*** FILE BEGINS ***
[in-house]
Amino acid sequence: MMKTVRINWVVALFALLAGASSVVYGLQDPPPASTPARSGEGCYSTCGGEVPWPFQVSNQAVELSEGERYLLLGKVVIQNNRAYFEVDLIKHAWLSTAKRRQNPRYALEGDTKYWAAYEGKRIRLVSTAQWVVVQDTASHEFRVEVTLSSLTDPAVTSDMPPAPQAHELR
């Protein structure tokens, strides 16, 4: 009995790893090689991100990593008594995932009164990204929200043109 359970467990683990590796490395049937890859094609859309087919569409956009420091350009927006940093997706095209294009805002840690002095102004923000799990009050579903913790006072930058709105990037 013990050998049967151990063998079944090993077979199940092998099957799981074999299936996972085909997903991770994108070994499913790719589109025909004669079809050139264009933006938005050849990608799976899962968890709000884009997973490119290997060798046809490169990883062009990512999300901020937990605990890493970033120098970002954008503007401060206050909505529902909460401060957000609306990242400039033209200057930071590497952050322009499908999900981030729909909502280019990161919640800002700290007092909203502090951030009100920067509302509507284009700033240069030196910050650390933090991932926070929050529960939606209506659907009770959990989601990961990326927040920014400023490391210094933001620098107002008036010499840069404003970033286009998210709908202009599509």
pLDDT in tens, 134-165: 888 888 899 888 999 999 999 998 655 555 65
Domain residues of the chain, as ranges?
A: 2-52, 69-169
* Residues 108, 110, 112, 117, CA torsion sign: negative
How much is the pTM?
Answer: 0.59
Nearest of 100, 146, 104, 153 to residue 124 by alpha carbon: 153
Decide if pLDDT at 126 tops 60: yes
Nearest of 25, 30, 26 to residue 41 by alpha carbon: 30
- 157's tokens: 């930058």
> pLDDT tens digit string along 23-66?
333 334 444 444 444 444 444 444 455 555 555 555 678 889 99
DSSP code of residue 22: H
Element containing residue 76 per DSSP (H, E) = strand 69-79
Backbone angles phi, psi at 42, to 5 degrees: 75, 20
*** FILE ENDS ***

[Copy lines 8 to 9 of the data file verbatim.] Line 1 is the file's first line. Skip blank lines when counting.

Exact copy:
How much is the pTM?
Answer: 0.59